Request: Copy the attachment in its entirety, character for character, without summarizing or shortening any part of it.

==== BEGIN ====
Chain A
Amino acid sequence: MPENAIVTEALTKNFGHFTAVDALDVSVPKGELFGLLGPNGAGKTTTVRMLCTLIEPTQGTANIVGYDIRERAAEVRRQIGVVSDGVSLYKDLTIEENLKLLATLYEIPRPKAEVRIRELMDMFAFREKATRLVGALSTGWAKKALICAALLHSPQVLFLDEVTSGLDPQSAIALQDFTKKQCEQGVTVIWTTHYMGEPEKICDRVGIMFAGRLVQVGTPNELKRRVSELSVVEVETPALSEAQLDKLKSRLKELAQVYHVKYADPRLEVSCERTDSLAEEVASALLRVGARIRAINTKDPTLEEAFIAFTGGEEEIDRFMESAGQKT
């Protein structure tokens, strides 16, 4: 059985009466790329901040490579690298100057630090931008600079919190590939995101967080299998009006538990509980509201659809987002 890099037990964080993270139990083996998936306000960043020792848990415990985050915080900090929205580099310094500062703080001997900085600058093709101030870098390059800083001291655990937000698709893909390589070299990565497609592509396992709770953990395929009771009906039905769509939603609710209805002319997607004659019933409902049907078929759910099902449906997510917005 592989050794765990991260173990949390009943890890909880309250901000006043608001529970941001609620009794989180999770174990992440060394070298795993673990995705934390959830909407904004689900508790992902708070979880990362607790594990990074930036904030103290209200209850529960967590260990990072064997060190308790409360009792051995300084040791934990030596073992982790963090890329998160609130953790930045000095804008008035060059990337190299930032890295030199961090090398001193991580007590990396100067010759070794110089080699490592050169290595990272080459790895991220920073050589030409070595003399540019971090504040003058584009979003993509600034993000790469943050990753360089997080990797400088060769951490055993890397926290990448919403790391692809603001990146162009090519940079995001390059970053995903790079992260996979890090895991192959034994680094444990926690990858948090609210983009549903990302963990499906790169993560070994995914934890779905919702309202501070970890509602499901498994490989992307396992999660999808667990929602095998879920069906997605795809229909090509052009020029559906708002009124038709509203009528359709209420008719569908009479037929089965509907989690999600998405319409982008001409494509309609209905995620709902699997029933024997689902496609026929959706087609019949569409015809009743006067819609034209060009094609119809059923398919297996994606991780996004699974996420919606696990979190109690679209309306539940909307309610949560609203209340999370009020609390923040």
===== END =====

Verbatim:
Chain A
Amino acid sequence: MPENAIVTEALTKNFGHFTAVDALDVSVPKGELFGLLGPNGAGKTTTVRMLCTLIEPTQGTANIVGYDIRERAAEVRRQIGVVSDGVSLYKDLTIEENLKLLATLYEIPRPKAEVRIRELMDMFAFREKATRLVGALSTGWAKKALICAALLHSPQVLFLDEVTSGLDPQSAIALQDFTKKQCEQGVTVIWTTHYMGEPEKICDRVGIMFAGRLVQVGTPNELKRRVSELSVVEVETPALSEAQLDKLKSRLKELAQVYHVKYADPRLEVSCERTDSLAEEVASALLRVGARIRAINTKDPTLEEAFIAFTGGEEEIDRFMESAGQKT
């Protein structure tokens, strides 16, 4: 059985009466790329901040490579690298100057630090931008600079919190590939995101967080299998009006538990509980509201659809987002 890099037990964080993270139990083996998936306000960043020792848990415990985050915080900090929205580099310094500062703080001997900085600058093709101030870098390059800083001291655990937000698709893909390589070299990565497609592509396992709770953990395929009771009906039905769509939603609710209805002319997607004659019933409902049907078929759910099902449906997510917005 592989050794765990991260173990949390009943890890909880309250901000006043608001529970941001609620009794989180999770174990992440060394070298795993673990995705934390959830909407904004689900508790992902708070979880990362607790594990990074930036904030103290209200209850529960967590260990990072064997060190308790409360009792051995300084040791934990030596073992982790963090890329998160609130953790930045000095804008008035060059990337190299930032890295030199961090090398001193991580007590990396100067010759070794110089080699490592050169290595990272080459790895991220920073050589030409070595003399540019971090504040003058584009979003993509600034993000790469943050990753360089997080990797400088060769951490055993890397926290990448919403790391692809603001990146162009090519940079995001390059970053995903790079992260996979890090895991192959034994680094444990926690990858948090609210983009549903990302963990499906790169993560070994995914934890779905919702309202501070970890509602499901498994490989992307396992999660999808667990929602095998879920069906997605795809229909090509052009020029559906708002009124038709509203009528359709209420008719569908009479037929089965509907989690999600998405319409982008001409494509309609209905995620709902699997029933024997689902496609026929959706087609019949569409015809009743006067819609034209060009094609119809059923398919297996994606991780996004699974996420919606696990979190109690679209309306539940909307309610949560609203209340999370009020609390923040």